How Much Money Do I Need to Retire at 40?
January 5, 2021Retirement Wealth
Do you wonder what you need to do to make enough money to retire at the age of 40, and how much you need to retire that early?
If you want to retire at the age of 40 or thereabout, then all your retirement savings and investments should be aimed at accumulating not less than $1 million dollars. This will be enough to fund your retirement lifestyle, assuming you live till 80-85 years old.
Around 2010, millennials around the world began a popular movement known as Financial Independence and Retire Early known as FIRE, to encourage peers to stop working earlier than the older generation did.
This model includes having a lifestyle centered around frugal spending, calculated saving, and vigorous investment. While a lot of millennials bought this idea, some conclude that it is realistically impossible. But how much money can you possibly save or gain from investment to retire at 40 years old and what are the strategies to go about this?
Table of contents
What Investment Plan Can I Do to Retire Early?
Investment is one of the smartest ways of making money. It is basically using your money to make more money, and this is one of the strategies to help you make enough money to retire early.
To retire at the age of 40, FIRE recommends the conventional investment strategy of keeping money that is half a year's worth in a fund trust or as a liquid asset.
A lot of millennials these days make use of savings accounts for all money-related issues, including investment and savings. However, the FIRE model is against this because of the ridiculous bank rates and low interest in today’s economy.
As an alternative, you can look to optimize your interests with an exclusive cash market account or make use of a savings account that offers better rates with high-interest yields.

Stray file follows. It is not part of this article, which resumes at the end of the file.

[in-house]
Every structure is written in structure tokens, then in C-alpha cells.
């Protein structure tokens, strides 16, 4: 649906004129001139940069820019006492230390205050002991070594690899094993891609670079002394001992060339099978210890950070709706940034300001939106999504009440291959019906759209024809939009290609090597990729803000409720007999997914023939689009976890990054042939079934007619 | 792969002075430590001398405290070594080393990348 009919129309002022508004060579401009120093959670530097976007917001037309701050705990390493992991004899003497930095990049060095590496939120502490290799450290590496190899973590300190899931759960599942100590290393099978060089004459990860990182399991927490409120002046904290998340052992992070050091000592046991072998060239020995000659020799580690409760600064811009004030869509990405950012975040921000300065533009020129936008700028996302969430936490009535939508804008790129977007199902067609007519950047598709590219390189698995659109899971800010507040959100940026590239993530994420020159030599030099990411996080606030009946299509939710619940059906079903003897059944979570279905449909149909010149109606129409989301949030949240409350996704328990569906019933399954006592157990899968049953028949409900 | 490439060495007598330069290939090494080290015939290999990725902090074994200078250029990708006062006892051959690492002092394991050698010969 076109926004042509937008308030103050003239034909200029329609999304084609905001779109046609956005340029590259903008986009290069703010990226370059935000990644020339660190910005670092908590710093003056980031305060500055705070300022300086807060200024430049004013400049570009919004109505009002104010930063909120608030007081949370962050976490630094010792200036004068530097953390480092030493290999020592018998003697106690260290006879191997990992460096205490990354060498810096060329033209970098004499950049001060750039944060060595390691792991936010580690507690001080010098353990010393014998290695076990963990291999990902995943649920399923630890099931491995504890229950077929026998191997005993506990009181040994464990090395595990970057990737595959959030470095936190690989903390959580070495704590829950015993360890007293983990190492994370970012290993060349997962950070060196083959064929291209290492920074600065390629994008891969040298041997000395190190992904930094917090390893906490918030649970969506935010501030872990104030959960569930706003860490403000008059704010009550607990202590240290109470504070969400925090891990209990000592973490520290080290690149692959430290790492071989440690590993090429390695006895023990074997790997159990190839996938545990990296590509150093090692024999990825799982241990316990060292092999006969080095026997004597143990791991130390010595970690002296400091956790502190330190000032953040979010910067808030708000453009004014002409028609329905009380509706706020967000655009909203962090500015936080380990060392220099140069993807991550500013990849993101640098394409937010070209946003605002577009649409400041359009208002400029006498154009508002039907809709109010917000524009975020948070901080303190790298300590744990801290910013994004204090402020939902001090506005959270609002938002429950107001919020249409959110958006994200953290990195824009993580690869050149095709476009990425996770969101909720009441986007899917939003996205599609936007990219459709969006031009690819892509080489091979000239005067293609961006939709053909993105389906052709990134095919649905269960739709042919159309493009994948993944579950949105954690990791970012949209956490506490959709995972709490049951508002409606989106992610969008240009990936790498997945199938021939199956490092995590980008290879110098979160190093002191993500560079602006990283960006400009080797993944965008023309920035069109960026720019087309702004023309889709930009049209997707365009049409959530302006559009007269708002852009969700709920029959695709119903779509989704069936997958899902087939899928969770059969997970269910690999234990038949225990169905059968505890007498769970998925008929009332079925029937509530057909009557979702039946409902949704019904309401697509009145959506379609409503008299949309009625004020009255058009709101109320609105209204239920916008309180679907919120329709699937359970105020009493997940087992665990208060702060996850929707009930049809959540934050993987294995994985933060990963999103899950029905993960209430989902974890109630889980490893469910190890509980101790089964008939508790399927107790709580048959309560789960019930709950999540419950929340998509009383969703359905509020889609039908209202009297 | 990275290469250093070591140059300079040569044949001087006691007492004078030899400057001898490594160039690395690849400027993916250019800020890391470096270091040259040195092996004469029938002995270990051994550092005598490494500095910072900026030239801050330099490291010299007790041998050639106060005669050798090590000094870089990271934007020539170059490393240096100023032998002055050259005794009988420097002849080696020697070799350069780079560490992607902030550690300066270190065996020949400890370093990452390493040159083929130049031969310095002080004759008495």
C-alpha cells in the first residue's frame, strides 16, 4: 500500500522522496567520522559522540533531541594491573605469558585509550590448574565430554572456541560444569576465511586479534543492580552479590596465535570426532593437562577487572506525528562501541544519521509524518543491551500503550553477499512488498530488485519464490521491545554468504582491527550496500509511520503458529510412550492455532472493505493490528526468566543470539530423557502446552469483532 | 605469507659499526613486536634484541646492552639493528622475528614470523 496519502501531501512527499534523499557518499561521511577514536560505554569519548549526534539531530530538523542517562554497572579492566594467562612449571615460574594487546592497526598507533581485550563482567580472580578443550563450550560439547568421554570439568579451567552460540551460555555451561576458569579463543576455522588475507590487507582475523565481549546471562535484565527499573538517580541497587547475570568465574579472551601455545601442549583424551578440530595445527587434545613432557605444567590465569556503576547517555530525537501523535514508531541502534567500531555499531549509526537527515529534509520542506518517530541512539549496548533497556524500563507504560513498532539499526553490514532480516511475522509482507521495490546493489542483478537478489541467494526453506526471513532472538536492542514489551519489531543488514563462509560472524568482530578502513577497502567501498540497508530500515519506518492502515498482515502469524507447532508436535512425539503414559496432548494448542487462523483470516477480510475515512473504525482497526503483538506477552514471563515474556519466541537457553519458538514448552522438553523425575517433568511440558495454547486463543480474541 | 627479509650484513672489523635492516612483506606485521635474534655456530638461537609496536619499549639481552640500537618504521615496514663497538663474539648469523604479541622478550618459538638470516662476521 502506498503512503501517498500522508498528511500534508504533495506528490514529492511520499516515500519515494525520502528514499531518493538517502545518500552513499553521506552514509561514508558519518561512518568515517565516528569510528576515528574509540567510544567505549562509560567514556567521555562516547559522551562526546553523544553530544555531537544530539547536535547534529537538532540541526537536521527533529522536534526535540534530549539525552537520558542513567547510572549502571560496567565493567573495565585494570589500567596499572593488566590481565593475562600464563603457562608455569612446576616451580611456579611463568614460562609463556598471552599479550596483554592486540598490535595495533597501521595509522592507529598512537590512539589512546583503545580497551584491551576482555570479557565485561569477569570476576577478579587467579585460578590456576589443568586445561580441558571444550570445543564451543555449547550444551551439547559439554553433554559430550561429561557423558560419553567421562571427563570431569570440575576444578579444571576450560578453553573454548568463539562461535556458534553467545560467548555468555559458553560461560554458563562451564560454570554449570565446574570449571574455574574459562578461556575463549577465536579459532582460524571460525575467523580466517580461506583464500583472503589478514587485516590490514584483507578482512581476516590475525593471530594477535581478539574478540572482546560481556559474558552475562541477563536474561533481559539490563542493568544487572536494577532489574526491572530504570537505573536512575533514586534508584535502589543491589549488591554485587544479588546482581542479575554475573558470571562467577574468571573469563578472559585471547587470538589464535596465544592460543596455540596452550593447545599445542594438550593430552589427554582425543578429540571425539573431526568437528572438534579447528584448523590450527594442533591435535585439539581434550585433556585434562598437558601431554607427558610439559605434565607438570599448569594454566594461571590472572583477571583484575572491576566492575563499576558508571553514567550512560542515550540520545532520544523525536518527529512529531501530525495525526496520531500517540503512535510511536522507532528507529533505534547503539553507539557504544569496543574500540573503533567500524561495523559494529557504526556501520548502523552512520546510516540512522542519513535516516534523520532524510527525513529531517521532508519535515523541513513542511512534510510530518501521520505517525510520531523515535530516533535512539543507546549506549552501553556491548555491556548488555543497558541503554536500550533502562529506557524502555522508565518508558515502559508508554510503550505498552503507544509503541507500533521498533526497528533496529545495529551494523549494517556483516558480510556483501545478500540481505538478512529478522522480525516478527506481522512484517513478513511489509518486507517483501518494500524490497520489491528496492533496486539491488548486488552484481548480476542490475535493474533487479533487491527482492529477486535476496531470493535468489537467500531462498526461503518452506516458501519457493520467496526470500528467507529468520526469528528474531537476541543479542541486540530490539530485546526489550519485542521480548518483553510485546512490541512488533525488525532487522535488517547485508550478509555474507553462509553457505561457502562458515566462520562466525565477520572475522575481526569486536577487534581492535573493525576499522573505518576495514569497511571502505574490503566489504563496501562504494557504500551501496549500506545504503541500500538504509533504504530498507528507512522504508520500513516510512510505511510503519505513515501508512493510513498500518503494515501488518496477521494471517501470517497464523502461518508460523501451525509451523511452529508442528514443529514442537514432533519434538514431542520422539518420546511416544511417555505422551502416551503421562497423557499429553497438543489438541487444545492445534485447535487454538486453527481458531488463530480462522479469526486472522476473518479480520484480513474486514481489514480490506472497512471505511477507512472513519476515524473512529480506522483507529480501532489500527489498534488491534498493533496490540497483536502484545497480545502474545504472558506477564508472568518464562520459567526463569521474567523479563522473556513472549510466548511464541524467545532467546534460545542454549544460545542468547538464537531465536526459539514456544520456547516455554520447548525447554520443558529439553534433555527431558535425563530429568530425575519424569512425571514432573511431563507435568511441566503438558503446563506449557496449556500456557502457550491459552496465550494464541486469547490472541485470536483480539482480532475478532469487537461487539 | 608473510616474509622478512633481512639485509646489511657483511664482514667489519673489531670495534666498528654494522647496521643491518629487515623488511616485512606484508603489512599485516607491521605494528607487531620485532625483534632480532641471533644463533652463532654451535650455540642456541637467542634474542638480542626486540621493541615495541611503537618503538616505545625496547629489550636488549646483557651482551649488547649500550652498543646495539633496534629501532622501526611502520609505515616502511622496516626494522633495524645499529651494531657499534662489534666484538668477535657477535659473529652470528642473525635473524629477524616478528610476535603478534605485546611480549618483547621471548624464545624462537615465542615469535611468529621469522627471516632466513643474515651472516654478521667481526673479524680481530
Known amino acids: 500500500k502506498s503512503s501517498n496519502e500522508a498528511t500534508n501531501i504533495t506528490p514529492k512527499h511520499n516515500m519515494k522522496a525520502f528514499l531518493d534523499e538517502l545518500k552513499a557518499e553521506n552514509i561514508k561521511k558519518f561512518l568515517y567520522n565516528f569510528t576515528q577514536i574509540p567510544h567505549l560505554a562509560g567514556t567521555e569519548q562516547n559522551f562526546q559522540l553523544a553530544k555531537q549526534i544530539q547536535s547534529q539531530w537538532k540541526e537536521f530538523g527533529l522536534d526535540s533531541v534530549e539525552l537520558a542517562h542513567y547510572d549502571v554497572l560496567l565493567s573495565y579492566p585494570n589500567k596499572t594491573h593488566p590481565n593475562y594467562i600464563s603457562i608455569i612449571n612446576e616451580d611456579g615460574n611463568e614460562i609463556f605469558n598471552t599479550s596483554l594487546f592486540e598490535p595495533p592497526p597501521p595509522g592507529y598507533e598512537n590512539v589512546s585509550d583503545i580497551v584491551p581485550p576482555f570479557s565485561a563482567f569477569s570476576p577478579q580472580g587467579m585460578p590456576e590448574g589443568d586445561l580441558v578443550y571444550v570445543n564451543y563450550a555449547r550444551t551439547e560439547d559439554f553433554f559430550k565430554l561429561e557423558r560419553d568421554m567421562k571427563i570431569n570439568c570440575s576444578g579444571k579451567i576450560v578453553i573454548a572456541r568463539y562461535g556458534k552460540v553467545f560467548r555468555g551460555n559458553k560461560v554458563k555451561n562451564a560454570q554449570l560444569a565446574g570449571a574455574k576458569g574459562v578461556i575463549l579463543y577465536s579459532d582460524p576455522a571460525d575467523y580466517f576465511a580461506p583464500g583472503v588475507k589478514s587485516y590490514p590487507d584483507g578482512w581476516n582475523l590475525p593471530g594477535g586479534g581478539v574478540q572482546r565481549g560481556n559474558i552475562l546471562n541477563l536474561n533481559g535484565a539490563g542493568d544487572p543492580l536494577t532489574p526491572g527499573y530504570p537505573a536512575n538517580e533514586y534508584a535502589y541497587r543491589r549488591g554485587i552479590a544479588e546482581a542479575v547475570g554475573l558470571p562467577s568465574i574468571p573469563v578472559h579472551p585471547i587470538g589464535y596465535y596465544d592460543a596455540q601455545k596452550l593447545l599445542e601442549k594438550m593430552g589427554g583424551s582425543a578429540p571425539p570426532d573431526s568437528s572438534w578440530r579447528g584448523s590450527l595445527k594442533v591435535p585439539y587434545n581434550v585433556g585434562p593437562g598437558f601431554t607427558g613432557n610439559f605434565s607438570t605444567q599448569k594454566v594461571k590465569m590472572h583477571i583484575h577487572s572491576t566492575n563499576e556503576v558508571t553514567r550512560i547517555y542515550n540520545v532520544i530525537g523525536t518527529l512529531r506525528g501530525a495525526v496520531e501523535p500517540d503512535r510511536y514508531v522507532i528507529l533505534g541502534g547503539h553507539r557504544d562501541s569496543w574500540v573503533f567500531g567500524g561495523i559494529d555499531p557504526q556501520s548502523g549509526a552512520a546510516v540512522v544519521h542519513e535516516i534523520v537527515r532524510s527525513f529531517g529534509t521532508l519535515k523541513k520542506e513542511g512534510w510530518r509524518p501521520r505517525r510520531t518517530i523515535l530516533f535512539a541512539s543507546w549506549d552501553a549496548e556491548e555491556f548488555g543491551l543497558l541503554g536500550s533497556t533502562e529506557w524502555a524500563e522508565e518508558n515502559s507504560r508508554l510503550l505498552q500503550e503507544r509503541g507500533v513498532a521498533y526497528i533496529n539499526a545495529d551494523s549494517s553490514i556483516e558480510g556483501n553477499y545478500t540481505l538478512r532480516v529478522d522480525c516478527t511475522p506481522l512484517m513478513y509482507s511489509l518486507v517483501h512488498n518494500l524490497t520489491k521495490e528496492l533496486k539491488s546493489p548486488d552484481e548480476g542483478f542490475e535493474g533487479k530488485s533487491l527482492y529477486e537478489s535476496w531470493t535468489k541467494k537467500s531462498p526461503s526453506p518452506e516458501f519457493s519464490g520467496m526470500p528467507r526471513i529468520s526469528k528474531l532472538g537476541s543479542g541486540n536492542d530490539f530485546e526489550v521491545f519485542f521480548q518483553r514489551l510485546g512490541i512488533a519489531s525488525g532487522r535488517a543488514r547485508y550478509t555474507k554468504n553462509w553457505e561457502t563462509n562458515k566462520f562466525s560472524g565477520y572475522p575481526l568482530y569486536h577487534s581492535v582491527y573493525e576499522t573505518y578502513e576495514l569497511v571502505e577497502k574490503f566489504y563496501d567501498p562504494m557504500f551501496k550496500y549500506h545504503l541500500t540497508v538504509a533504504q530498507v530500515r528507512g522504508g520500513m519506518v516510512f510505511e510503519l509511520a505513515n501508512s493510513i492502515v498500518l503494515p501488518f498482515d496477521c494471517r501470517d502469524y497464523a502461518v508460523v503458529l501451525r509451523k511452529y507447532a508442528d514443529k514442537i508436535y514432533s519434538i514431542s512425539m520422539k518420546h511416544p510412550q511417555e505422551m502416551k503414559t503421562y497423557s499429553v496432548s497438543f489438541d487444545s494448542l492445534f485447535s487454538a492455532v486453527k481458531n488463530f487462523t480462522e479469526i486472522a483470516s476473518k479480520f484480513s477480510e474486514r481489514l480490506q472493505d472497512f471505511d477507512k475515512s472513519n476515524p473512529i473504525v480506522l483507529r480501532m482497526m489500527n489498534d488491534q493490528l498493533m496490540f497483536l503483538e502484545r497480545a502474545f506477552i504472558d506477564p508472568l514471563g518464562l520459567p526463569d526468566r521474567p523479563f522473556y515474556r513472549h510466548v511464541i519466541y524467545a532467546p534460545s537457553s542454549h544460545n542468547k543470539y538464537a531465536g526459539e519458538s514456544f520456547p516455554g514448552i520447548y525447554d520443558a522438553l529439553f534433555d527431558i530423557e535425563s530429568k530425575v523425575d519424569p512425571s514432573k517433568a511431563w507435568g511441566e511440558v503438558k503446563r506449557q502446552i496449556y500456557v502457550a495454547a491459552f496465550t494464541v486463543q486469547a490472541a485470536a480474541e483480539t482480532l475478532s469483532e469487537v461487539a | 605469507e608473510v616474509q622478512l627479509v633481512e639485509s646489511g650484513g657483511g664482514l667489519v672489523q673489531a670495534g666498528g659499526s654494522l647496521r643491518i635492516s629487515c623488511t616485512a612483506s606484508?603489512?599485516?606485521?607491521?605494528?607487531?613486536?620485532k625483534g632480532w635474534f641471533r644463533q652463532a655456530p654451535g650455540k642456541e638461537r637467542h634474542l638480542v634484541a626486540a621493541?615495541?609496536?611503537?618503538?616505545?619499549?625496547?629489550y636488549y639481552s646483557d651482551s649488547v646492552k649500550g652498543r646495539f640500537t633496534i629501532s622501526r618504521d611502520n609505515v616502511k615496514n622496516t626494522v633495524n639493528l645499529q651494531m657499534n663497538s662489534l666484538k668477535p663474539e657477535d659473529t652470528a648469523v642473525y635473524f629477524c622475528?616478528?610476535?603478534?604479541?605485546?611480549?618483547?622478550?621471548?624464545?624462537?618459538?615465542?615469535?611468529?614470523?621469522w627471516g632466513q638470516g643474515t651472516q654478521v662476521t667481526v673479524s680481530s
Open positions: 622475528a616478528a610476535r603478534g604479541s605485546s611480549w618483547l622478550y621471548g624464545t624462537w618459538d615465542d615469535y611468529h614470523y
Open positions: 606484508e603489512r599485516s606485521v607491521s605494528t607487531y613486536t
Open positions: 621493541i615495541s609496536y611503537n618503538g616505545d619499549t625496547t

The best option is keeping the investment in a certificate of deposit. This offers a better interest than both the cash market and an optimized savings account. You can also keep the money for a very long time, but the flip side is that you may not have access to it as an emergency fund.
What is the Right Asset Allocation to Retire Early?
How much money you need to retire at the age of 40 depends on the assets you invest in.
Today, everyone is one tap on a smartphone away from investing a large amount on a website. Even though the seamlessness is encouraging, the danger of investing is now on the high side because millennials buy into the hype of investment in a sector that is doing well, without much research, and lose a large ton of money in the eventuality of an unfortunate downturn.
According to FIRE, the best strategy for asset investment is diversity. This is the best way to endure market volatility and garner as much investment interest as possible.
Diversification simply means investing in various sectors to offset the occurrence of a loss in one sector with another to keep your portfolio ashore.
The best diversification ideas for an early retirement plan is Emergency Trust Funds and Mutual Funds.
To build an investment portfolio for retirement, you can make use of an asset allocation calculator.
How to Decide Investment Fee for Early Retirement?
Aside from asset volatility, investment fee is another thing that you have to be conscious of while financially preparing for early retirement.
Most mutual funds have hidden investment fees that you need to ascertain before making a purchase for your portfolio.
As a rule of thumb, the best expense ratios are the least ones. Also, make sure that you are not spending a lot on third party commissions. The best way to avoid these commissions is by buying directly from the investment company. You can also sell with the company’s platform when it's time to do so.
What is The Best Account for Early Retirement Savings?
To retire early at the age of 40, you need to consider opening an Individual retirement account. The best available options are IRS and 401(k) accounts.
An IRS account will help you plan your retirement account such that when it is time to withdraw your money, you will not have taxation disadvantages.